I’m a regular at AVC.com for a number of reasons. Three of them were on display today with Fred’s post about free speech:
- The post itself is highly relevant and compelling
- Fred has a policy of allowing any comment to stand, even when it’s hateful stuff toward him, which is in great contrast to some bloggers like Dave Winer, who once censored me because he didn’t like the use of the word “bullshit”.
- The conversation is pretty intense today with people from around the world weighing in on everything from free speech to the US history of supporting dictators and overthrowing democracies (Chile, for instance).
But free speech can be costly to those who exercise it. Which led to my comments, which I’ll share here, with a few minoir edits.
Some free speech comes with a cost.
I’ve been personally effected by expressing my beliefs–opportunities denied and doors closed, reprisals delivered subtly and not so subtly; and in several cases, been slandered (on Facebook no less, so libel, I guess). Their loss, but mine too.
Headhunters looking for a visionary, optimistic leader land here and don’t like something they read, and I never get the interview, for instance. It’s not safe to have an opinion in the business world, unless your ass is already covered.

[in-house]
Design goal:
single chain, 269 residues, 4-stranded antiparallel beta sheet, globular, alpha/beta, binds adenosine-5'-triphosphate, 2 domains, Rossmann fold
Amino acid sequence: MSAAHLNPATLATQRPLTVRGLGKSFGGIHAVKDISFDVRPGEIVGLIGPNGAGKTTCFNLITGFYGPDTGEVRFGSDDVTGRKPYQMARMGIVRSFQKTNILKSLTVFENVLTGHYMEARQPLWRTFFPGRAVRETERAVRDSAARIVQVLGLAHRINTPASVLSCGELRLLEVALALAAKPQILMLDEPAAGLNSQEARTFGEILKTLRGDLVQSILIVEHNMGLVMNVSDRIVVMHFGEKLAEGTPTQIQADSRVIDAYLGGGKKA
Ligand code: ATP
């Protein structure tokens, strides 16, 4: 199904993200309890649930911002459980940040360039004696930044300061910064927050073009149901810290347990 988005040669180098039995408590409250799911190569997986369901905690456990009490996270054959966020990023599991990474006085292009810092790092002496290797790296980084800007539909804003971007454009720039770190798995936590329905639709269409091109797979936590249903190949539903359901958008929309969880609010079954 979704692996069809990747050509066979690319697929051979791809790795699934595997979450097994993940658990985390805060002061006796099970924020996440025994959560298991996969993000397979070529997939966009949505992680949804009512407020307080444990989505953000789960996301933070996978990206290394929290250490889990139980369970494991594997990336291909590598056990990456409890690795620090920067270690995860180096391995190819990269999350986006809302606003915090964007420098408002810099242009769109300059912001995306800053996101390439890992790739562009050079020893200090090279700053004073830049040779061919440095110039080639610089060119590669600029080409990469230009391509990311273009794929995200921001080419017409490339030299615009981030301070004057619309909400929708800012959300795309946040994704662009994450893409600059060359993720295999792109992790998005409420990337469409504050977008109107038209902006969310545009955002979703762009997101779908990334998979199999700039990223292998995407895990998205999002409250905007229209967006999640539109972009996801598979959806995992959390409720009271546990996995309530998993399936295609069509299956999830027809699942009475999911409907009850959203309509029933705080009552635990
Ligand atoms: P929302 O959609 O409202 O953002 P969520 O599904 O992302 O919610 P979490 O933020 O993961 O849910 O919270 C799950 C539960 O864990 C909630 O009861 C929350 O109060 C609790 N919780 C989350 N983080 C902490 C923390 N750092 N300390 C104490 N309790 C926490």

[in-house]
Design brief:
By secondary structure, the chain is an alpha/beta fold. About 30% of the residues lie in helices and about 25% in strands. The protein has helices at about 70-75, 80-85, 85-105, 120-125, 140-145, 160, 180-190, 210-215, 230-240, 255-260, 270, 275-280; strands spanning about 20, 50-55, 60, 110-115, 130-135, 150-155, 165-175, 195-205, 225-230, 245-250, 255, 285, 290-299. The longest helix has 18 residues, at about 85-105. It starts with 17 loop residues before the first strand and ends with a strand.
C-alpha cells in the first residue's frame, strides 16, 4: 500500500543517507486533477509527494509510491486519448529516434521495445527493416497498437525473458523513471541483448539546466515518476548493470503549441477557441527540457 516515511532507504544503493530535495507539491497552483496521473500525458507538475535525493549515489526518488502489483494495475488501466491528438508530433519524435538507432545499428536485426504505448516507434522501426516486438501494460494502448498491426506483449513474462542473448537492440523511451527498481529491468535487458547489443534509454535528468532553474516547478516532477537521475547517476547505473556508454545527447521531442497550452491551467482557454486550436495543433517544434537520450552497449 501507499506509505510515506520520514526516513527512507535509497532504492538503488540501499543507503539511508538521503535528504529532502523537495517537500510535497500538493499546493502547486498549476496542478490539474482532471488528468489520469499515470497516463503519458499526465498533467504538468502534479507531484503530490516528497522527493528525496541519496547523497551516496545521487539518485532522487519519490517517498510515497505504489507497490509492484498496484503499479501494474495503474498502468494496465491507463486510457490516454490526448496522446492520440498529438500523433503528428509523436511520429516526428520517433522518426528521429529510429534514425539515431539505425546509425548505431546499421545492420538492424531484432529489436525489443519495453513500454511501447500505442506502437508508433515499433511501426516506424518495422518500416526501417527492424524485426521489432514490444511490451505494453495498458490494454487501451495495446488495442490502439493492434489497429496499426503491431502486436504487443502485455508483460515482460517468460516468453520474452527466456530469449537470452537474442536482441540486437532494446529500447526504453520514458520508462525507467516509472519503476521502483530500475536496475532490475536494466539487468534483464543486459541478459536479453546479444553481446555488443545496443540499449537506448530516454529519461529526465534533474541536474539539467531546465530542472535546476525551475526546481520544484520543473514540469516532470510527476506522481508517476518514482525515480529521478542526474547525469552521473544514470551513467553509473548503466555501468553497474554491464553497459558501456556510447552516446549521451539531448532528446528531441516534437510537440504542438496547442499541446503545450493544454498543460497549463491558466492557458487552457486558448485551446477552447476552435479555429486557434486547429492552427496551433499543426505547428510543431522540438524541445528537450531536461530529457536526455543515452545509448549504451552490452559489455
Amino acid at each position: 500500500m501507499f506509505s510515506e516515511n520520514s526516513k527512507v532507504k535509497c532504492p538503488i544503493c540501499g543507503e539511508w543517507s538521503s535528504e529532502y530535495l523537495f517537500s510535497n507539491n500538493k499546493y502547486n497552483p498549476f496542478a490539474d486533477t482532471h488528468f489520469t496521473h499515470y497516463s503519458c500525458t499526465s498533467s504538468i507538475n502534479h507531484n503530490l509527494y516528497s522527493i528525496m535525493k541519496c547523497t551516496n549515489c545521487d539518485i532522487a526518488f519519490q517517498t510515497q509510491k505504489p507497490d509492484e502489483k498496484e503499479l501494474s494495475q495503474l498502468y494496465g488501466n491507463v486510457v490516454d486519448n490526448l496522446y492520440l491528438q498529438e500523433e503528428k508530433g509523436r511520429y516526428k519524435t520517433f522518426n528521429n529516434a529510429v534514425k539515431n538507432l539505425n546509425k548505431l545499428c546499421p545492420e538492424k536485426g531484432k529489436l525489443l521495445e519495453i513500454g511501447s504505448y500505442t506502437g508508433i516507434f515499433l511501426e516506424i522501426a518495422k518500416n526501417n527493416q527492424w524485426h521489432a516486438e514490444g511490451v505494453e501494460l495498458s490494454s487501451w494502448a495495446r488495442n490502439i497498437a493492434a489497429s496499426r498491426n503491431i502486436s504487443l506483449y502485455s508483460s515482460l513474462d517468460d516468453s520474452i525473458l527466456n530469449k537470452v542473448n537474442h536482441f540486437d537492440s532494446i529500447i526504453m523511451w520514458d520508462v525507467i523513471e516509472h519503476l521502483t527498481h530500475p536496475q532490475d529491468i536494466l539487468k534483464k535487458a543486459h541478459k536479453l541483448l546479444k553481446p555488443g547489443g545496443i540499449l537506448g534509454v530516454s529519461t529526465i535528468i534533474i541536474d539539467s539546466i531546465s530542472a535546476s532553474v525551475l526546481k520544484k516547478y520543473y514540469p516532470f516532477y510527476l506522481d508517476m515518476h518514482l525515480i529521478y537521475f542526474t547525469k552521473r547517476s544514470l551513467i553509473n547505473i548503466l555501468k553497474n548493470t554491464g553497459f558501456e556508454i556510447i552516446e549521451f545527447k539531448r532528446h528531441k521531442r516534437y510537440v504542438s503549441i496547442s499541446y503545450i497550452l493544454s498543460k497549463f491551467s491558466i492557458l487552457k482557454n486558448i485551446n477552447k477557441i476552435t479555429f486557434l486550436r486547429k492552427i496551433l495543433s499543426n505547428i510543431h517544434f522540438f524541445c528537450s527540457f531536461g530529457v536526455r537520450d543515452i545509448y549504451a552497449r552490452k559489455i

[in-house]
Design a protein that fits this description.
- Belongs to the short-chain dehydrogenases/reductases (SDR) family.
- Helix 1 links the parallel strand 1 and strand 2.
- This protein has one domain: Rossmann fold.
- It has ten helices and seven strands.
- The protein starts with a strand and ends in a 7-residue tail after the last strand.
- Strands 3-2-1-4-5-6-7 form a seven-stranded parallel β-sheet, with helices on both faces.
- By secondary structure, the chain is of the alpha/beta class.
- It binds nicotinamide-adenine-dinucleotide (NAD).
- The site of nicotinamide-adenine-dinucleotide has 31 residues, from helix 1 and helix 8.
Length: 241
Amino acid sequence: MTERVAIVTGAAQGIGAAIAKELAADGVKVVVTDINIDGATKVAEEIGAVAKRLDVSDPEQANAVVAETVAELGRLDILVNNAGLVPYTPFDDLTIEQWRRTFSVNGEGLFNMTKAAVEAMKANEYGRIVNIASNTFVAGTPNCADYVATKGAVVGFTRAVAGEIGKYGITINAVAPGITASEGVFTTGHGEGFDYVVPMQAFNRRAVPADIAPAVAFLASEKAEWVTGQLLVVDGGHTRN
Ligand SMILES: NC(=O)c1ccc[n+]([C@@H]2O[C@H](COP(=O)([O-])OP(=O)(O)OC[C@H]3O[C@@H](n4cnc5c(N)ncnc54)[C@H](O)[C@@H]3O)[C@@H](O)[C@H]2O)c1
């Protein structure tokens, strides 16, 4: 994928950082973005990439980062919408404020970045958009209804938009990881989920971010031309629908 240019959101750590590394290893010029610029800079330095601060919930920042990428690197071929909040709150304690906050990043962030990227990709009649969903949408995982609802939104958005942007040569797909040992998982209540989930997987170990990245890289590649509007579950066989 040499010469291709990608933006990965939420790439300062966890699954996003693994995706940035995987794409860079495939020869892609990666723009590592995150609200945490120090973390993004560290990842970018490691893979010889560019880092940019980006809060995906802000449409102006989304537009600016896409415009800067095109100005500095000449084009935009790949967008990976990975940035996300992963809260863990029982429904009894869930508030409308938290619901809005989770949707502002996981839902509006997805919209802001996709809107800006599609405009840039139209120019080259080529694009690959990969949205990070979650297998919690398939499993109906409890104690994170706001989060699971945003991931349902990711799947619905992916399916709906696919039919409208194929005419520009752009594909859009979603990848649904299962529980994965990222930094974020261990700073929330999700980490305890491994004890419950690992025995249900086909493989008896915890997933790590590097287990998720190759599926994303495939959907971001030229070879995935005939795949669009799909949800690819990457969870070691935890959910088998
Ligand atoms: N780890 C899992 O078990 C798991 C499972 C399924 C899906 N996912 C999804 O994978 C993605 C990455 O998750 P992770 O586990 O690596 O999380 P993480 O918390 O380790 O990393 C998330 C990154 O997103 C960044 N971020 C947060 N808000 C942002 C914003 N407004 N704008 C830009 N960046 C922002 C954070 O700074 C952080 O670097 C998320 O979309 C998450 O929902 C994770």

I never embraced that, though, because I’ve always started companies, but these days I’m likely to join one and lead it. The gatekeepers for some of the compelling opportunities are less likely to take a risk with someone who has an opinion.
Free speech is a wonderful thing, but there are reasons why people don’t put themselves out there, because there are no laws against discriminating against someone because of what they say in many cases.
And that’s part of freedom too–to be able to choose not to do business with someone because you don’t like what they’ve expressed, regardless of the relevance to the business itself.
I’ll share this from the first episode of the Newsroom–it’s a great rant, and also reminds me that expressing your opinions and beliefs is not without consequence.
Worth watching –short version
Longer version giving more context